World of Warcraft: Should Heroic Raids Even Exist (as We Know Them)?

I enjoy the controversial discussions on whether or not LFR should exist. But the real question is whether Heroic Raids (or what will become known as Mythic Raids) really exist? Some numbers came out recently about the latest decline in World of Warcraft and I hope to analyze the cause behind what is another drop and the relationship between these drops, the priorities of where Blizzard sees the development of raiding content and high end raiding.

I’ve made several cases in discussing the issue behind the Sunwell raid back in Burning Crusade when it came to numbers. 1% essentially were able to see the Sunwell when it was relevant. Another point I made talked about the massive decline between Wrath of the Lich King and Cataclysm as a result of the halted progressing from the initial heroic content. These forms of what I call Blizzard’s feeble attempts to socially engineer the gaming environment have proved ineffective. At the moment, with patch 5.4 the game is still seeing a steady decline in players, which I attribute to, once again, this pathetic attempt to socially engineer the gaming environment. What do I mean by this?

There’s a constant struggle between what I want to call “hardcore players” (i.e. those who have a penchant for tons of game mechanics) vs “casual players” (i.e. those who really do not want to put more effort than necessary into the game). It feels that Blizzard has been attempting to find a good medium between both sides but their efforts have been failing with each subsequent patch. I call them out on this as we have not seen a magic jump in subscriptions in relation to the content. None of the big content patches managed to catch on fire; if anything, I argue that they more than likely pushed more people away.

I’ve talked about the situation numerous times but I think the numbers just don’t lie when we compare it to the dates. When Mist of Pandaria was first released on 9/25/2012, numbers jumped (not too surprisingly) back up to 10 million. Around 2/2013, 400k had dropped since that point in time. Supposedly, patch 5.2 made some inroads (which was released on 3/5/2013) but by May 2013, the game lost 1.3 million. Patch 5.4 was launched on 9/10/2013 but the loss still continued to 7.6 million subscribers by 11/2013. A 2.4 million subscriber loss in a little over a year period has to be alarming, especially as these big content patches do not seem to create enough stickiness for players.

With the vast majority of the game completed, we can look back at this expansion and look to see possibly why things have been an utter letdown and try to explain the psyche of these players who have quit (like myself possibly). My biggest argument of the subscription loss over time is the perception of the required time needed to invest into this game to feel as though one can accomplish anything meaningful. Since the beginning of the expansion, there just has been too many barriers to entry with senseless, horrible time consuming grinds that I feel have left numerous players feeling burnt out. Veteran players who are not part of high end progression guilds may have looked towards other titles such as Neverwinter Nights, Final Fantasy, etc. to satisfy a niche desire to breakaway from the inane grind that has characterized this game as a long winded time sink.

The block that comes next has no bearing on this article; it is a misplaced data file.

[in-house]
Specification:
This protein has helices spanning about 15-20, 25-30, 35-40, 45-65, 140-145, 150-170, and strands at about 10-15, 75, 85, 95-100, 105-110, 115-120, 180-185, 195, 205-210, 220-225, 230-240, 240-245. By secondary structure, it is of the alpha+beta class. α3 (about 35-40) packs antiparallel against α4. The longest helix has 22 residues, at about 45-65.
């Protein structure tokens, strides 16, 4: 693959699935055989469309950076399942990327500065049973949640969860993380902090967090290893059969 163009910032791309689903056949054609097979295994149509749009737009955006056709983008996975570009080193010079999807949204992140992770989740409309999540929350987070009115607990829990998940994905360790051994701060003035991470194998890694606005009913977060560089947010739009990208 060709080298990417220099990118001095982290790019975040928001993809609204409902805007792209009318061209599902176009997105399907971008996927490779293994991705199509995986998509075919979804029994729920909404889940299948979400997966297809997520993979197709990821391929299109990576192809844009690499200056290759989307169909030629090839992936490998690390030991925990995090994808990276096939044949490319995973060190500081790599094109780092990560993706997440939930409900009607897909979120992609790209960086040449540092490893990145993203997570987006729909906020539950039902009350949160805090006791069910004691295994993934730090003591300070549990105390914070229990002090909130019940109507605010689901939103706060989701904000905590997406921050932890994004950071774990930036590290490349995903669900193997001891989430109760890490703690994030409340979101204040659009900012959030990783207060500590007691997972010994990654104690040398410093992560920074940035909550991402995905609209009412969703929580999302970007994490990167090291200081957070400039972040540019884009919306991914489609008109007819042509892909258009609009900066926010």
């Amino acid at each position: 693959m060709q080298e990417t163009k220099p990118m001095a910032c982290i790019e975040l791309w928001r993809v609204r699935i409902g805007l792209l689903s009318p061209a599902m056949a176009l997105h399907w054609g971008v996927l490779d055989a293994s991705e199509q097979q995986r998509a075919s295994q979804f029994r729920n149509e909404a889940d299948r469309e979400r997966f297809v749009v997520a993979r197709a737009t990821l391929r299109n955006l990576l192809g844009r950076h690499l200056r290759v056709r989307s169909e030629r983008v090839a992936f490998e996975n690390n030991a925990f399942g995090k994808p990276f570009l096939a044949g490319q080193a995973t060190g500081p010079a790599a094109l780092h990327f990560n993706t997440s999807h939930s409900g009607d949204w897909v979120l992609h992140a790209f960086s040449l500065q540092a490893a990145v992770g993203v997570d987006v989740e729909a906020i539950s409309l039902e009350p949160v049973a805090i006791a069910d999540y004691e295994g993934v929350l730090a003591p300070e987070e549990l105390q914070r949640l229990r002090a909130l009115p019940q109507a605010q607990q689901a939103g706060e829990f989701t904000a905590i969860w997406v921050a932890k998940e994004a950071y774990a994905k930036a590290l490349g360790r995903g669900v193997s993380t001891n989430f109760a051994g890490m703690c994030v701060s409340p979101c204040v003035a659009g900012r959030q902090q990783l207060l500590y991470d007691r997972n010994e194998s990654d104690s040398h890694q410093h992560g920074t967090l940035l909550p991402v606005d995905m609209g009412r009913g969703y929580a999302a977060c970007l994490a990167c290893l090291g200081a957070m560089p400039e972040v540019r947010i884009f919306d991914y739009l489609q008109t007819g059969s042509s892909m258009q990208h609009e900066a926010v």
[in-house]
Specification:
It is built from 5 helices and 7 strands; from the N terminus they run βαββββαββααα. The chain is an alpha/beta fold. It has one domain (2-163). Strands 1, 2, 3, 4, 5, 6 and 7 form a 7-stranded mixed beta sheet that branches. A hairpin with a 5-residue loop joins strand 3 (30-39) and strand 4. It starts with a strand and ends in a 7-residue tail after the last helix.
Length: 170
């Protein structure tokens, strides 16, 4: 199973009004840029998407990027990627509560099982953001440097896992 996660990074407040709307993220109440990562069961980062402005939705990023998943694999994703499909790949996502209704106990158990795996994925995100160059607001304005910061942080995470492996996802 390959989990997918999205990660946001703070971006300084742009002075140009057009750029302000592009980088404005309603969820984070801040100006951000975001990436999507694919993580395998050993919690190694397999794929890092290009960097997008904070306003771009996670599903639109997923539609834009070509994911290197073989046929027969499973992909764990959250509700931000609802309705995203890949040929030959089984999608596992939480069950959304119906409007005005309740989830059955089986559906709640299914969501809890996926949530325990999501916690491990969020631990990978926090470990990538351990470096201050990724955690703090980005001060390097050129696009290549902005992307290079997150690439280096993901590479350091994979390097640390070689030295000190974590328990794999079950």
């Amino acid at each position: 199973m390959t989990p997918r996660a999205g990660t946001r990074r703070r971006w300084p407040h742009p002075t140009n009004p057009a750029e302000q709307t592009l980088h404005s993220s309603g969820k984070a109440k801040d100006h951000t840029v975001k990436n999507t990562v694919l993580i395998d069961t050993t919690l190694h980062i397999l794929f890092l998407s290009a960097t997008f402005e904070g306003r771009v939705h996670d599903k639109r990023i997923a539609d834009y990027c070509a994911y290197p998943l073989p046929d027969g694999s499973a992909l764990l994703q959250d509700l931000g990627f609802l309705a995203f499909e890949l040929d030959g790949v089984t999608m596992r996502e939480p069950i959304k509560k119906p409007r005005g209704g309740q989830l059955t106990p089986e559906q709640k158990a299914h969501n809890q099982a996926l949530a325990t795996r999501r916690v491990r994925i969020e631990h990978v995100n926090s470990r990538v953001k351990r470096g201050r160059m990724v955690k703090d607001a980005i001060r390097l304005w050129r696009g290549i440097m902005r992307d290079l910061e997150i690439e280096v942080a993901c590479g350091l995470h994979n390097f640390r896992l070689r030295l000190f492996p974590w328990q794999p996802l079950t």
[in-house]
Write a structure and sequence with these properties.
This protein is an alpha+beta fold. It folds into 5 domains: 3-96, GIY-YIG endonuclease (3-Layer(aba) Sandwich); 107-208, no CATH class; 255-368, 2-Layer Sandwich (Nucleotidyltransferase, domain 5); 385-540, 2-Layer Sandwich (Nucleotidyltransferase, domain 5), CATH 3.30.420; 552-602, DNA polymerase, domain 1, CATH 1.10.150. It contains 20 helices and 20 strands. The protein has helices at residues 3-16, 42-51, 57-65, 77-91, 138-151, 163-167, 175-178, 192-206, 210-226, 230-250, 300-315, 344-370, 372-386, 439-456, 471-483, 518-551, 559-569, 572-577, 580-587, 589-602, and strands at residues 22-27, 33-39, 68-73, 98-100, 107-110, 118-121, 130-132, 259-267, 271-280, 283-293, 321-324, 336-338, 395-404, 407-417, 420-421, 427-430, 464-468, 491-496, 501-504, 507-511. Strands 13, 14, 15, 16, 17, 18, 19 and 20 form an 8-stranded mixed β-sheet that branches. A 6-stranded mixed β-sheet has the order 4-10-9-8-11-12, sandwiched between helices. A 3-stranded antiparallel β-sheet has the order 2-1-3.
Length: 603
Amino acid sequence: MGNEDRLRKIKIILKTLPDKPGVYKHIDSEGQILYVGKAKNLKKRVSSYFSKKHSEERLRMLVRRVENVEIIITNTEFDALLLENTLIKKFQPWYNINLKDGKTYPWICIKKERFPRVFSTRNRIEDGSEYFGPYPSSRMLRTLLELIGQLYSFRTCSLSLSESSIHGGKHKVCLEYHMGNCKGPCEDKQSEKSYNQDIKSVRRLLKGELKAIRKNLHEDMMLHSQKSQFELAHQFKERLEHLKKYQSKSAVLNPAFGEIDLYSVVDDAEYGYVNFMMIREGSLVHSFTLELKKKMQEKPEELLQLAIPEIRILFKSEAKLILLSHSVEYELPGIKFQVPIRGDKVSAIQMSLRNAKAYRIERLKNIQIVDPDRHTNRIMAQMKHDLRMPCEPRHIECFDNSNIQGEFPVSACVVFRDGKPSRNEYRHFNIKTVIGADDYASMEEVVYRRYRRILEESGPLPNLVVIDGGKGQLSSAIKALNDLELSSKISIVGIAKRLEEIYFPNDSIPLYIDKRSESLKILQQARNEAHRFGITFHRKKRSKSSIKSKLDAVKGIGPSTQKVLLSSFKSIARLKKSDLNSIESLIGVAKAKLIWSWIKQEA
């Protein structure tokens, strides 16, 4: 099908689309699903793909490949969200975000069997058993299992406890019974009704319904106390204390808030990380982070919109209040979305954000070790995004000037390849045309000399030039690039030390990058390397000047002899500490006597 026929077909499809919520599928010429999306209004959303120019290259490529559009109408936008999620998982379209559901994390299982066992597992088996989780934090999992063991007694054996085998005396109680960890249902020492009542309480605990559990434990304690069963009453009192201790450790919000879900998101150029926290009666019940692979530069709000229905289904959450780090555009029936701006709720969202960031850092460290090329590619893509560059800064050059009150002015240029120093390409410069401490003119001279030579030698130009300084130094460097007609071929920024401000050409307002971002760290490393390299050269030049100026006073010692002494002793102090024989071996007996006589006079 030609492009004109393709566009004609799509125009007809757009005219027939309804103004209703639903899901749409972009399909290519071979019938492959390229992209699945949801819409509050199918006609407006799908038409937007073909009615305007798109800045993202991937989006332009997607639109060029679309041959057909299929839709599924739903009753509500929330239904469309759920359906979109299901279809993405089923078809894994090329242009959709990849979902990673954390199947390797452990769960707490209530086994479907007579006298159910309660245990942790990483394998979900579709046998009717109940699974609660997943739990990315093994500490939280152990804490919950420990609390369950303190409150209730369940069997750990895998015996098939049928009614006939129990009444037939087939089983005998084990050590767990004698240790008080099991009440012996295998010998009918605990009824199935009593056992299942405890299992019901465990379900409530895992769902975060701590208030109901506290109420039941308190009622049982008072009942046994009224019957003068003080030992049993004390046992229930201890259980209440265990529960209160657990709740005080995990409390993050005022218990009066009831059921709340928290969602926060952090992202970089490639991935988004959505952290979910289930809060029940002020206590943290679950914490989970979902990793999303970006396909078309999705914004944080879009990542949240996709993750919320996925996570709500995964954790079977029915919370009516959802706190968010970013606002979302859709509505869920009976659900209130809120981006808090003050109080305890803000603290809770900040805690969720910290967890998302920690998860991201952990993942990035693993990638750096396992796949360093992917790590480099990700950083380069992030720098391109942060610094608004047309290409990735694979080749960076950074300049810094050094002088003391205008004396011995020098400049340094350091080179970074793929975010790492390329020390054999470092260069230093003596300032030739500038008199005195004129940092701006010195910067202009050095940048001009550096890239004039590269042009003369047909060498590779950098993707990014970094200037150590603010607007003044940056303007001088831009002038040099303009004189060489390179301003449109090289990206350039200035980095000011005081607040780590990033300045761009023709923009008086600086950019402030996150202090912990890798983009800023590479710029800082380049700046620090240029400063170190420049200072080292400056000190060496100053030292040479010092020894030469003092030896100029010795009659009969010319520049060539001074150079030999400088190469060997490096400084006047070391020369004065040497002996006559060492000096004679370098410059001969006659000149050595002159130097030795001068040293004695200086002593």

But I think there’s something else that Blizzard had missed as they continued building this expansion and took numerous steps backwards and that’s in defining end game content. Most of the end game content in World of Warcraft in reality caters more towards high end players than it does low end players. Things like Challenge Modes, Heroic Scenarios, raiding, the Brawlers Guilds, PVP even pet battles to an extent still remain exclusive for high end players, which might’ve sent very negative messages towards casual players.

The only hope of any sense of character development beyond leveling for the average player was LFR. However, even with the occasional troll or griefer or two, the earlier ones were more or less doable. With bosses like Durumu, Lei Shen, Garalon, General Nazgrim, Dark Shamans, Galakris and Garrosh, the situation would slowly degenerate into nearly undoable, especially as queues would grow onto the neighborhood of hour plus waits. Then once you entered with a group, you would have no idea whether or not the group could handle the content. Patch 5.4 was probably the most offensive since over time, as groups grew geared and more experienced, they could gradually down the content and queue times would become reasonable. In patch 5.4,  the problems never were addressed early on especially as the game developers wanted to sell flex rather than LFR, thus focusing on a huge part of their core audience far too late.

In short, as people once again realized that they would run up against new walls, they simply pulled their credit card out of the machine and decided to go elsewhere. Since the Timeless Isle grows quite repetitive quickly and people who lacked cloaks felt shunned, it seems only natural that a huge portion of the population just read the situation as a giant “fuck you!” from Blizzard’s development team.

So why am I connecting all of this to Heroic Raids?

My belief is that Heroic Raids/Mythic Raids as we know them are a complete waste of time. To me they are an absolute waste of development resources and that these resources should be devoted strictly to tuning LFR and what will become normal (i.e. flex) raiding as well as churning out content at a far higher pace.

Now, hold on. These are some really outlandish remarks. How can I make such a bold face proclamation?

Ultimately, it’s all about numbers when it comes to this type of game. You can look at someone who does howto videos on LFR vs Normal mode vs Heroic content and easily see that the number of views for LFR far exceeds Heroic content. You can go on wowprogress to see how many guilds have successfully downed Heroic Garrosh and you can even watch people grow frustrated and see all types of personal issues erupt as a result of the inability for most people to handle Heroics.

Part of the problem at the moment with World of Warcraft is that the game’s mechanics are pretty limited on average. There’s only so many timed events, dots, GTFO the fire, etc. type of mechanics you can do. However, the way the game is progressing seems more like very poorly structured versions of these in a deceitful attempt to make it all seem challenging. I don’t see any of these mechanics as being really challenging but more as pointless and utter wastes of time. Why not just focus on one major mechanic and have bosses do basic mechanics that we have seen leading up to the boss?